Around this age, children are capable of taking part in rituals of death, such as visits with the deceased's family, the wake, and the funeral or memorial service. Prior to participating in a visit or funeral, it is helpful to prepare the child for the experience by explaining the purpose of the visit, how long it will last, and what the child will experience there. If a child expresses reluctance to participate in any aspect of the rituals of death, adults should accept the child's feelings and not exert pressure. Children look to adults and their peers for role models of how to conduct themselves at these events.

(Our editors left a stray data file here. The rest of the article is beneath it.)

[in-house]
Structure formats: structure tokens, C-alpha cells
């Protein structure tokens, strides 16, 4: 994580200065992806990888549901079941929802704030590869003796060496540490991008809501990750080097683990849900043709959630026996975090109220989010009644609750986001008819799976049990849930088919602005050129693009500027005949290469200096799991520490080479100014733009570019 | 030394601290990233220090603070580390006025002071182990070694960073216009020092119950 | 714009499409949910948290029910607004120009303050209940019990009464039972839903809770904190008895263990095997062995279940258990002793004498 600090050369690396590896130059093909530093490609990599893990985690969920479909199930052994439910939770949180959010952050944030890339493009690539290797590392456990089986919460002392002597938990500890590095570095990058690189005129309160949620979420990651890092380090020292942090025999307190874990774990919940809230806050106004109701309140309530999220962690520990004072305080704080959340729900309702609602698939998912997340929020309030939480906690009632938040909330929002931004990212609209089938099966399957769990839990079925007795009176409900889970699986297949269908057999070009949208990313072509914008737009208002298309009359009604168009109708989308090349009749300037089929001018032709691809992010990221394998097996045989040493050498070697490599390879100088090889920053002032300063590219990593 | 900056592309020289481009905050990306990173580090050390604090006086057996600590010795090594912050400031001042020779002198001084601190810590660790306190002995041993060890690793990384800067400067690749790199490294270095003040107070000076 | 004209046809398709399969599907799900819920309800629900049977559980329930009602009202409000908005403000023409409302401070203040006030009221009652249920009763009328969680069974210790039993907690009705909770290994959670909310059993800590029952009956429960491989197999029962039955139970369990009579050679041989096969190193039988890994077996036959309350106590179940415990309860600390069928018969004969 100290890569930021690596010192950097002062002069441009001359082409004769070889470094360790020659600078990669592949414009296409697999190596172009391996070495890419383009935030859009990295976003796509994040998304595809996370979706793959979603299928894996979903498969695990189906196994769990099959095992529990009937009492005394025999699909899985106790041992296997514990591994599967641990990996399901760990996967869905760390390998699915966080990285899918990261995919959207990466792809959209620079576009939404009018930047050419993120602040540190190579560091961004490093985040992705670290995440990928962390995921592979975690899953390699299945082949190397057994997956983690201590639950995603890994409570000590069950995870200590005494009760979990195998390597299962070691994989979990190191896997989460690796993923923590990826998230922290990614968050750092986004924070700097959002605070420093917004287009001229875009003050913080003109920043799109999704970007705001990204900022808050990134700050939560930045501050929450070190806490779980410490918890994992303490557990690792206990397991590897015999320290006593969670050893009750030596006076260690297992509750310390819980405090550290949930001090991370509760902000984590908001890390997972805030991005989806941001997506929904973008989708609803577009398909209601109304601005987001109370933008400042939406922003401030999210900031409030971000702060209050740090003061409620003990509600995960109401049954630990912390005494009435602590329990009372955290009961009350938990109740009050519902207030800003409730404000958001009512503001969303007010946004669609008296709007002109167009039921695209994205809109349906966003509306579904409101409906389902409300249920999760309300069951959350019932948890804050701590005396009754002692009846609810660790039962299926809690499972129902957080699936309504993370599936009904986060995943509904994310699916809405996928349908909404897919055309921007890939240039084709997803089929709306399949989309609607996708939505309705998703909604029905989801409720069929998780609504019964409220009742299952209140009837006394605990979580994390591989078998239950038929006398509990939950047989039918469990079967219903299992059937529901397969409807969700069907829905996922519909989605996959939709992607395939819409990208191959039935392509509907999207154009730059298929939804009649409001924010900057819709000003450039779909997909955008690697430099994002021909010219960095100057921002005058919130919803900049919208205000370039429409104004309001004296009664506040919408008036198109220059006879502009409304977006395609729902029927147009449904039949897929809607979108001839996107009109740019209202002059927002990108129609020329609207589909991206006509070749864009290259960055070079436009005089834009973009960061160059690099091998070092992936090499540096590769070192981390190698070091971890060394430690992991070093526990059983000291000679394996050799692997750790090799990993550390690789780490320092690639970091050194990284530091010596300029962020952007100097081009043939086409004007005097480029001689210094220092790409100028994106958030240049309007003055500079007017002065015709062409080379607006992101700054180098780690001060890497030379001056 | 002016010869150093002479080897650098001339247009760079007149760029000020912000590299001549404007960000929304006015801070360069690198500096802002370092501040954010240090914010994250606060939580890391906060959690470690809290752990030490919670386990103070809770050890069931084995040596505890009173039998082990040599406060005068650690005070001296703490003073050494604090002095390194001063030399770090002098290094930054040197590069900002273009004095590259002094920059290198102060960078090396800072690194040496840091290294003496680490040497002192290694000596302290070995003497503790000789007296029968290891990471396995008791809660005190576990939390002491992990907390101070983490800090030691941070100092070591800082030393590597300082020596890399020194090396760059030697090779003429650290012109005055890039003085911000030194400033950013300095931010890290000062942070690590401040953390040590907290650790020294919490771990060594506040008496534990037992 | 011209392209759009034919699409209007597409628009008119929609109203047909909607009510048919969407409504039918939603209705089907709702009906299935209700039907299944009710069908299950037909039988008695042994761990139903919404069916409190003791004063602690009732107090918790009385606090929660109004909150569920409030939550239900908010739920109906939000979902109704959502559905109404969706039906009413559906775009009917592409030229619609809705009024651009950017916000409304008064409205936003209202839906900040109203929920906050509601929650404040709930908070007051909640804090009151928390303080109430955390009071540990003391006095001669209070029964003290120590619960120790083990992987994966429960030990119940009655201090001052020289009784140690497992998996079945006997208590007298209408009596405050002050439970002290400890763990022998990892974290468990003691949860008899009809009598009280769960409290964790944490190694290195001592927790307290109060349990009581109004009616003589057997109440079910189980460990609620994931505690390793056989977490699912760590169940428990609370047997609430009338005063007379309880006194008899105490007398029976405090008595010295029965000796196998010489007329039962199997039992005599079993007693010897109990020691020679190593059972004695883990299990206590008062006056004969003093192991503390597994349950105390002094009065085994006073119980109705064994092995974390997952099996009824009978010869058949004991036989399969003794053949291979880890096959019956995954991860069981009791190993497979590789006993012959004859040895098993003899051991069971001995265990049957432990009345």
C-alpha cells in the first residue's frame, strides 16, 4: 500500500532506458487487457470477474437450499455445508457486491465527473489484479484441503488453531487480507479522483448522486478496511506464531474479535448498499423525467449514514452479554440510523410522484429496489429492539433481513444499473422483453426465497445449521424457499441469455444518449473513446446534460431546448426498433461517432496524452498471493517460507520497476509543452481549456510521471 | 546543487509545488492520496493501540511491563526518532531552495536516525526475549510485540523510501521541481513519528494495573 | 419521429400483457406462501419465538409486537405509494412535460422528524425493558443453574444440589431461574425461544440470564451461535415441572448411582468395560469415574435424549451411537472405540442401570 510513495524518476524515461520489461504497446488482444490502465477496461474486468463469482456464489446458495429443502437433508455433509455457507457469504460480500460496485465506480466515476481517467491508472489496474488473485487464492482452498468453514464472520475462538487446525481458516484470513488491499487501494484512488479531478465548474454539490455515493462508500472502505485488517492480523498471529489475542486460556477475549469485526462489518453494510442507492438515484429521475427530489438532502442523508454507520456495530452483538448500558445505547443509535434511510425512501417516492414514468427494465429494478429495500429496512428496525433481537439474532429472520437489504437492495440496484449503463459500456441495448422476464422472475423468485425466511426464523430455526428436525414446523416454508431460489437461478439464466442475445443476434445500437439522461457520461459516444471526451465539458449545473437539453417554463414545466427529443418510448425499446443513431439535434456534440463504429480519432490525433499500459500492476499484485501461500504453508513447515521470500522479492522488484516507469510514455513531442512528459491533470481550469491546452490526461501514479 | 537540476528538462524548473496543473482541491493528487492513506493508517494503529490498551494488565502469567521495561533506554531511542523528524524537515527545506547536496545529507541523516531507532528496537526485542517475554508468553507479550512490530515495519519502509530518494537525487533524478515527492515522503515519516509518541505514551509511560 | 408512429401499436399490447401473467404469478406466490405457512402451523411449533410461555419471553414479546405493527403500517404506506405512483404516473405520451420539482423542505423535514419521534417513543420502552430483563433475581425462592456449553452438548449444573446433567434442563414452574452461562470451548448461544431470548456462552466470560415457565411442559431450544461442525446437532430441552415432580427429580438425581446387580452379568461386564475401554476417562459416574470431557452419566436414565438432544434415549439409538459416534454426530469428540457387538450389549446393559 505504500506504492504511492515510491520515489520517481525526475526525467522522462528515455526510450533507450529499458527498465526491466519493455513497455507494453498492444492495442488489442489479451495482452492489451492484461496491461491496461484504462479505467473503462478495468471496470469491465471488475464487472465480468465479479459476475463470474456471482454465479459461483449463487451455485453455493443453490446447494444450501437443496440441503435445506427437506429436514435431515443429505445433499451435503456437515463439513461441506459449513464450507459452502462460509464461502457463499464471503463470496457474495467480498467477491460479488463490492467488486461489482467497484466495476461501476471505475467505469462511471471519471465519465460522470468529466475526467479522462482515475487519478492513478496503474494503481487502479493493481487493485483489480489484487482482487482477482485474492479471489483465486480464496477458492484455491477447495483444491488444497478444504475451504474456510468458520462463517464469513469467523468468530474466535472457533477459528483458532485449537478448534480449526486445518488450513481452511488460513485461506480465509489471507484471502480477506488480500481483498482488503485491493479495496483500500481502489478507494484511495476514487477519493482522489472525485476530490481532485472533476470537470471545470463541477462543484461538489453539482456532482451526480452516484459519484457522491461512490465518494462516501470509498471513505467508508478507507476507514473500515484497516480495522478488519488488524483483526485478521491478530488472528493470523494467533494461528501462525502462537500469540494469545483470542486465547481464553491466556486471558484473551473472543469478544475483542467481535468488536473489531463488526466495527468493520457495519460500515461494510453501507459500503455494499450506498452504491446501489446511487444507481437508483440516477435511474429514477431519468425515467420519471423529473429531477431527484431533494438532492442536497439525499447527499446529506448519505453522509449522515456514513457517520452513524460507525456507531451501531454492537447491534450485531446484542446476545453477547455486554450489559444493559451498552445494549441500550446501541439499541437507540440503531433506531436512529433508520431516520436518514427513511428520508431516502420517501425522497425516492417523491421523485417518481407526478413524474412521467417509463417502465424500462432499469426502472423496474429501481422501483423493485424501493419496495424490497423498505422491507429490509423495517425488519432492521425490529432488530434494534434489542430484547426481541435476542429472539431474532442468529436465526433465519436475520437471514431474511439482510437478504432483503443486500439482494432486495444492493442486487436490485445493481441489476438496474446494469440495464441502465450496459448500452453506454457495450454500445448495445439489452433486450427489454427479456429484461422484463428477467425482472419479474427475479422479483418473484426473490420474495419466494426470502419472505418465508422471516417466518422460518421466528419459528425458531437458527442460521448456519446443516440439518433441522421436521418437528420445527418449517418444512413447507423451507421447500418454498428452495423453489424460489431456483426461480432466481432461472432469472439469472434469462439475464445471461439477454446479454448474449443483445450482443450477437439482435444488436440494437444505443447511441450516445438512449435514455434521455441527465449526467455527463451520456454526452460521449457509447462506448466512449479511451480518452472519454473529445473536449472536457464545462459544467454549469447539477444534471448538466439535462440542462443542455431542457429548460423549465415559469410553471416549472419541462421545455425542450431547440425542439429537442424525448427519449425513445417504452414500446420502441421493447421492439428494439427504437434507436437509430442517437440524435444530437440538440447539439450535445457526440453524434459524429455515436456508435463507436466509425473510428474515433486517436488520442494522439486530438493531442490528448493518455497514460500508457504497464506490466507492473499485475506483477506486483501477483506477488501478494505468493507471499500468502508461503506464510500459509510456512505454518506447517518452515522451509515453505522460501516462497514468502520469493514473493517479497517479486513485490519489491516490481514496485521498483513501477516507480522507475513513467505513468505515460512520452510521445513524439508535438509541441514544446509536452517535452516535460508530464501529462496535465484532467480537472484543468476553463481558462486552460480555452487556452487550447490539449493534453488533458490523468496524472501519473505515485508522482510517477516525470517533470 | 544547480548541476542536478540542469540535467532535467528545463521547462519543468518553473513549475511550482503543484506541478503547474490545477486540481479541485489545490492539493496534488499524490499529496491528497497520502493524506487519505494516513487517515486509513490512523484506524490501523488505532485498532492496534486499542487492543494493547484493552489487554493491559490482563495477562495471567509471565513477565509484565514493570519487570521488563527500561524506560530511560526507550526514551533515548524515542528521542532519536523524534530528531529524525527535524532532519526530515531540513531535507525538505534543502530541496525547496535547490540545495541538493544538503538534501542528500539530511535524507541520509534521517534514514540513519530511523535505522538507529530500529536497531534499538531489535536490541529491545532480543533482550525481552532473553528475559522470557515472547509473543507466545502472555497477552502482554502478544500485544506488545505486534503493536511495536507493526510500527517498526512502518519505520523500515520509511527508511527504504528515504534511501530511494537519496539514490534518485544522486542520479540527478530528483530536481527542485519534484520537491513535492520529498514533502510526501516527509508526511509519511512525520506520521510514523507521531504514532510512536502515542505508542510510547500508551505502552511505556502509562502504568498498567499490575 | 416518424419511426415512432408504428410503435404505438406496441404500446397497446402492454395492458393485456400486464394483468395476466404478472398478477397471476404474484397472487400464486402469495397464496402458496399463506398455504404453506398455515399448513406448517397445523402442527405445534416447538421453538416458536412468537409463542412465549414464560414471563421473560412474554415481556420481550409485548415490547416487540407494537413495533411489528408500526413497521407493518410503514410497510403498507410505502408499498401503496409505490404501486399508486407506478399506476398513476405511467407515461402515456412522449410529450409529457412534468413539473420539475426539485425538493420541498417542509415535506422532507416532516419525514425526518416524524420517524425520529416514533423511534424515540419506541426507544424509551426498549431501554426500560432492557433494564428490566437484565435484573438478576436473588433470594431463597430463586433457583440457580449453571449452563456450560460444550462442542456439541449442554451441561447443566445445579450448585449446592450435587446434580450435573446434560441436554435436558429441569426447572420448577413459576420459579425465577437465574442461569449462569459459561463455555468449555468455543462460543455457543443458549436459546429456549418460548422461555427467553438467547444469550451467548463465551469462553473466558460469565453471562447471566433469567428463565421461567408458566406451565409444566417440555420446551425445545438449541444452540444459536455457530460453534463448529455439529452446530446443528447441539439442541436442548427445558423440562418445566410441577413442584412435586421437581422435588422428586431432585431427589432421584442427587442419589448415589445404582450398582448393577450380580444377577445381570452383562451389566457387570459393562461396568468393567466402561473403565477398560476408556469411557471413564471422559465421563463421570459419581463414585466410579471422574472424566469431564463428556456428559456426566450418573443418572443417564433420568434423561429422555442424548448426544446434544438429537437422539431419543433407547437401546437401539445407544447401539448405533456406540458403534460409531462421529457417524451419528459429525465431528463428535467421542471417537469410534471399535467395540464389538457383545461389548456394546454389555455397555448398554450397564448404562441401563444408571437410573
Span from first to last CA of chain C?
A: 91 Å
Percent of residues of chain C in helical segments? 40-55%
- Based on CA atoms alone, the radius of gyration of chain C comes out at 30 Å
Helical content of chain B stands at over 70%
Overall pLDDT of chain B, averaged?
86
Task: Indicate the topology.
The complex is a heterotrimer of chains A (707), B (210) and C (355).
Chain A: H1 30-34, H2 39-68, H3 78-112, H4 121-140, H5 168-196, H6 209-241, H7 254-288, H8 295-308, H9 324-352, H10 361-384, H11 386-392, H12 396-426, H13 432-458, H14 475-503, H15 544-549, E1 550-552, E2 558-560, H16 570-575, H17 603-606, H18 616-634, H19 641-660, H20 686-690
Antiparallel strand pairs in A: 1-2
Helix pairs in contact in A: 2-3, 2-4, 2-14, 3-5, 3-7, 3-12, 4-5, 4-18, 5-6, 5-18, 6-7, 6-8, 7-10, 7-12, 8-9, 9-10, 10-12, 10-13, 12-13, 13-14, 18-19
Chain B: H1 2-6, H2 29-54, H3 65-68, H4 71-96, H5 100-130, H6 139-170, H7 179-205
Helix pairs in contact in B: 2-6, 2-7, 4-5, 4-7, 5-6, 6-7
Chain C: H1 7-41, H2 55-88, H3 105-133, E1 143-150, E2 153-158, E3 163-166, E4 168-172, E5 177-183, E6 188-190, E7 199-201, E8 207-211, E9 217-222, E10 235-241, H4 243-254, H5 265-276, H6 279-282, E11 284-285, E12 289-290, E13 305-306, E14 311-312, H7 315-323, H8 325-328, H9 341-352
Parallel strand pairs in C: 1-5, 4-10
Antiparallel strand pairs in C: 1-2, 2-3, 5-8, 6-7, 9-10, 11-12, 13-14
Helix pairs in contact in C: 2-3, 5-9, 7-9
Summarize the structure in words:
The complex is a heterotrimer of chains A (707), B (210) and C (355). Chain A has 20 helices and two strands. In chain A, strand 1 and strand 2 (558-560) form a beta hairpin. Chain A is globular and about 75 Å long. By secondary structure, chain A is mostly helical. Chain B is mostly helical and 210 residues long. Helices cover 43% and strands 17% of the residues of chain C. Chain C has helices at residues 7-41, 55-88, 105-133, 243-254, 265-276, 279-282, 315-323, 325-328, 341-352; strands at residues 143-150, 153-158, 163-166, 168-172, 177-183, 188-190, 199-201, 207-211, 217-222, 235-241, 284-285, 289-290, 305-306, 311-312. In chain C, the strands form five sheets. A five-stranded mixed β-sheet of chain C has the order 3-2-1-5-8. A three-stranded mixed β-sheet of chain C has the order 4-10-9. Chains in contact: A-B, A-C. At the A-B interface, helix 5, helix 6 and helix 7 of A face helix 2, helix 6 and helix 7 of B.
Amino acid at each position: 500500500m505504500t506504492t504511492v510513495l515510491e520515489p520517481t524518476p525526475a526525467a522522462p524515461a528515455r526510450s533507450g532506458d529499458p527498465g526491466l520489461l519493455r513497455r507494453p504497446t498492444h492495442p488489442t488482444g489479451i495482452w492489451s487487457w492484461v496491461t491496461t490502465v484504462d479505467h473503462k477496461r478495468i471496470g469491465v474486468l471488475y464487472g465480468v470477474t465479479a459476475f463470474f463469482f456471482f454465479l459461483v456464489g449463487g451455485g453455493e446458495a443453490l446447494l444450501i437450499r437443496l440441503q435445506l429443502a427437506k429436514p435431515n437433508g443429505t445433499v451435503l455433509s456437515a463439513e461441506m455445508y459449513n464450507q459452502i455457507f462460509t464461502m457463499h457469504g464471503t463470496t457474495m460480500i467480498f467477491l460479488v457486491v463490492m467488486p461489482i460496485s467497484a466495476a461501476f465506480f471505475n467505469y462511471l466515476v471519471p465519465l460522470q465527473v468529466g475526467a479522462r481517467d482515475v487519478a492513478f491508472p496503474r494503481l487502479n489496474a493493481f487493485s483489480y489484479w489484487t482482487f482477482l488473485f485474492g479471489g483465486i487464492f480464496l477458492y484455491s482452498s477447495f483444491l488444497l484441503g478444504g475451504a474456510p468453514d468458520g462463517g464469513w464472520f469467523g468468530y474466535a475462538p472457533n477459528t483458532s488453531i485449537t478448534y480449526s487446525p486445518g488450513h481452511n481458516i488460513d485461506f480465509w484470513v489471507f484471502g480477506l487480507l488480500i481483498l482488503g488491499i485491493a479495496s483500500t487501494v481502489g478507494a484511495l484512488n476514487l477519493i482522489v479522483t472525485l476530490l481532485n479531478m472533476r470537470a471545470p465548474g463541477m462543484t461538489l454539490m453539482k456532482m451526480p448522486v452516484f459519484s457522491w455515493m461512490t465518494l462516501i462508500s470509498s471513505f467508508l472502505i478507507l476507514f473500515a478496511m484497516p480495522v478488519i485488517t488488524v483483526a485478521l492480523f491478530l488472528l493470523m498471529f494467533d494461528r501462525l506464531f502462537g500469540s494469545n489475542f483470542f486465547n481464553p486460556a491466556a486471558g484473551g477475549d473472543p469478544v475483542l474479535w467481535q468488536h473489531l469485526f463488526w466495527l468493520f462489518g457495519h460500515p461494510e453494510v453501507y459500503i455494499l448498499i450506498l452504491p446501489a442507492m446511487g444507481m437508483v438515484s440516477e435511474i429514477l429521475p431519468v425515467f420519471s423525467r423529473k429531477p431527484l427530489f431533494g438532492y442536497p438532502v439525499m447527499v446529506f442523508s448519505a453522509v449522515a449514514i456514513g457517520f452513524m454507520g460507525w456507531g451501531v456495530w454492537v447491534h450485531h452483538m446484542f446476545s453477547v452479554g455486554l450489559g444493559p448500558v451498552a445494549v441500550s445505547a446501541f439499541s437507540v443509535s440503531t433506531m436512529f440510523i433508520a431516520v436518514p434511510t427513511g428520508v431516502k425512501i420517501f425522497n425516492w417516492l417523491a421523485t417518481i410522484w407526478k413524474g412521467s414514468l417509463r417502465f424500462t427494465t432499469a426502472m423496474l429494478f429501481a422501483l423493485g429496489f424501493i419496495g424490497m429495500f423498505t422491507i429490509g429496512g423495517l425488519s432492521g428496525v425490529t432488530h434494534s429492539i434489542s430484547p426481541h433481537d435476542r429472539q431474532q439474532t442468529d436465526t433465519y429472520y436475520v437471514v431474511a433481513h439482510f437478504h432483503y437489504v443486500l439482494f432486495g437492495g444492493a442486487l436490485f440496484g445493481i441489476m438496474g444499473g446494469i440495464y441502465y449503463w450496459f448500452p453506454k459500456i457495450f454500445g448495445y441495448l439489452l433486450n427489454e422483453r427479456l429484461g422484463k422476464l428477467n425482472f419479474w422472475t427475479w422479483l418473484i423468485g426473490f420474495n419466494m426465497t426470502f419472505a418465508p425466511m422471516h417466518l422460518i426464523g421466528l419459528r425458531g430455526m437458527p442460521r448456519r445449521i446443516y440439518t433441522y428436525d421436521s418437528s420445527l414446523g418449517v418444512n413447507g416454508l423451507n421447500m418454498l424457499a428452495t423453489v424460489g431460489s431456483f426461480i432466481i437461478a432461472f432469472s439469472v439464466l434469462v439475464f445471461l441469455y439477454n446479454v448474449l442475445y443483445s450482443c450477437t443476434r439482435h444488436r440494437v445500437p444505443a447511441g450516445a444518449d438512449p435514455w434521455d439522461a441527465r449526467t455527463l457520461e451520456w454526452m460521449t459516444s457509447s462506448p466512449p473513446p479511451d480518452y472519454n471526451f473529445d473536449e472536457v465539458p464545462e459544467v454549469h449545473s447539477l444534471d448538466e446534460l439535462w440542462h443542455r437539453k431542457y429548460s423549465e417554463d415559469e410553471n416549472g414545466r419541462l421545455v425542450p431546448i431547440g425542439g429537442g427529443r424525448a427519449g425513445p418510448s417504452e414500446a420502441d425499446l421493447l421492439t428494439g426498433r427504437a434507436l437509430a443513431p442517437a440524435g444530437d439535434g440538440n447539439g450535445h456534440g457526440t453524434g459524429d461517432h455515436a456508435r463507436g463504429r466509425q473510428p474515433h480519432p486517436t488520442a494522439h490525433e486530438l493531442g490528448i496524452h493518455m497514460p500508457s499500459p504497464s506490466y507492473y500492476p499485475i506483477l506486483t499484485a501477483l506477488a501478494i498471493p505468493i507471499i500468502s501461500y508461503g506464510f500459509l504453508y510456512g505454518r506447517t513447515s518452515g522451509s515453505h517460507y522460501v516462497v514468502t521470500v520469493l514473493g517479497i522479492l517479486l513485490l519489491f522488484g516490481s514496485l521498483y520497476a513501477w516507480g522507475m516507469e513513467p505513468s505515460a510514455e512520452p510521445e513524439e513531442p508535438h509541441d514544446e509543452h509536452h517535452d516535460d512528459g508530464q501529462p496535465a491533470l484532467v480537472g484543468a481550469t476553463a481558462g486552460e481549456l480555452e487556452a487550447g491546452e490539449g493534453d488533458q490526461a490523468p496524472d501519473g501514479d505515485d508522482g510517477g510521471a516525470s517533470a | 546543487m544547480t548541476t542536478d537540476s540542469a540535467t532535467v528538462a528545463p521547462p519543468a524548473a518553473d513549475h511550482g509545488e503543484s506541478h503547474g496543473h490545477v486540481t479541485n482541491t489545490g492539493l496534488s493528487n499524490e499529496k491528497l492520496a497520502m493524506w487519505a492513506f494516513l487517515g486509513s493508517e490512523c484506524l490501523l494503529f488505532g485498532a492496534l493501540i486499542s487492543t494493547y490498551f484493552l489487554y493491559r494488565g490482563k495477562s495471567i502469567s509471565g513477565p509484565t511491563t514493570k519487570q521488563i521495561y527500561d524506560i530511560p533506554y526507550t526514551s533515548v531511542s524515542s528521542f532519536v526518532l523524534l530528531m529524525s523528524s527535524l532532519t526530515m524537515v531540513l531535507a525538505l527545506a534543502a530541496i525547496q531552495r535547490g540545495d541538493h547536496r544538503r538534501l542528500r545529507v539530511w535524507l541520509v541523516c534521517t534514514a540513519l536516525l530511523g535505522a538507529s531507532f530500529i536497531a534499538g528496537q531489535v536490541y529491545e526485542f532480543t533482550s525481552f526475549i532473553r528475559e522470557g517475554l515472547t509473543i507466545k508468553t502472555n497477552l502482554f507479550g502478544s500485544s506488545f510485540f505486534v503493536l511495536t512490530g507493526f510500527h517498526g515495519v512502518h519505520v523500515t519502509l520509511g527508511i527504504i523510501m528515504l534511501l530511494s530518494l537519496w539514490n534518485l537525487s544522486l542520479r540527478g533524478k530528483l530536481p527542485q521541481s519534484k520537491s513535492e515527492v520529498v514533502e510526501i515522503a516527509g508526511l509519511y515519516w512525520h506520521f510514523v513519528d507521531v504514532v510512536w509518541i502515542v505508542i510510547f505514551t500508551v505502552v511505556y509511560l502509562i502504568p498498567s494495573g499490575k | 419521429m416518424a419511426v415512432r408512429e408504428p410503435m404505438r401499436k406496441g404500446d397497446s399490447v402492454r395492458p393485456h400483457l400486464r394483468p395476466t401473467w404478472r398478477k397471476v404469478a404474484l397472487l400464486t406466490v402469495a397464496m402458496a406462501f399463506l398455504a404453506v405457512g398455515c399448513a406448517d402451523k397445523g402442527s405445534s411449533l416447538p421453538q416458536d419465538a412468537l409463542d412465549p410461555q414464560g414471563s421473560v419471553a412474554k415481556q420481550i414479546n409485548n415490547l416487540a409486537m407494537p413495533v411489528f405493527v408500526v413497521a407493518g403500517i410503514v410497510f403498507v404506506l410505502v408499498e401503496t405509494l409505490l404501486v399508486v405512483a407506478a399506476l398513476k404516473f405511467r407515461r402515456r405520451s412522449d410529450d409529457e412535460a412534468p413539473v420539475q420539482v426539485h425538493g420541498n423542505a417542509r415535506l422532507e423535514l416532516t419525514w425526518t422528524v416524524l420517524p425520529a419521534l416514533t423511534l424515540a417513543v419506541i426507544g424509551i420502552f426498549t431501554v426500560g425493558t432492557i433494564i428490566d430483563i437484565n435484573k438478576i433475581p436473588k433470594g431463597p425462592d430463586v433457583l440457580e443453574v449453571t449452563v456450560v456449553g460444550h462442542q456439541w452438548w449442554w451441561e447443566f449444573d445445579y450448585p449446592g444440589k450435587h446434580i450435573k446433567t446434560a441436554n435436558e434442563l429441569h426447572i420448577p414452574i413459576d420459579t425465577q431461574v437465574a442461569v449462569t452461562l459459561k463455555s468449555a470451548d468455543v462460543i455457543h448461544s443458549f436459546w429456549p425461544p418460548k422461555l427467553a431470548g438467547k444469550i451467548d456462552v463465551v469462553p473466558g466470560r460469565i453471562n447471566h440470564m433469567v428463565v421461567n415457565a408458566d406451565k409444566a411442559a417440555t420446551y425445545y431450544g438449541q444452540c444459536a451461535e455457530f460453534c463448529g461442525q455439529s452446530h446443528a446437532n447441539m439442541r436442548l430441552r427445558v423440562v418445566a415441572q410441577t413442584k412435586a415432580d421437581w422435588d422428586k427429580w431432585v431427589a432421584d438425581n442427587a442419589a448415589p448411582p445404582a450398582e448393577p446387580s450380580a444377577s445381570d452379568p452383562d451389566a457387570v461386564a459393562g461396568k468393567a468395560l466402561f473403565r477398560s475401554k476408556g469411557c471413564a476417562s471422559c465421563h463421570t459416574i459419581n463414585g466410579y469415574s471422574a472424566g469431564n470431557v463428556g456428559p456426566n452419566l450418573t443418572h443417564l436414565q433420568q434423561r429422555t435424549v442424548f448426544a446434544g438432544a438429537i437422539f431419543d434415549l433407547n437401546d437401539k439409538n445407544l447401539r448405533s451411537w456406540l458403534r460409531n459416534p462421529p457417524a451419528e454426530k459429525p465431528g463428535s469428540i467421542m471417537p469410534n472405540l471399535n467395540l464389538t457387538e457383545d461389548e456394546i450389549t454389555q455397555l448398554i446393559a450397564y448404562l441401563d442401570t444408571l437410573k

School-aged children can understand what death means, but they may be so overwhelmed that they act as if nothing has happened. Unexpressed feelings may surface as physical symptoms, such as stomachache, headache , and unusual complaint of tiredness. Behavior may also change, demonstrated by reluctance to go to school, daydreaming in class, or a decline in academic performance. Children of this age usually need extra time for physical activity. Even a short walk or a turn at the playground can help them work off some of the physical tensions connected with mourning.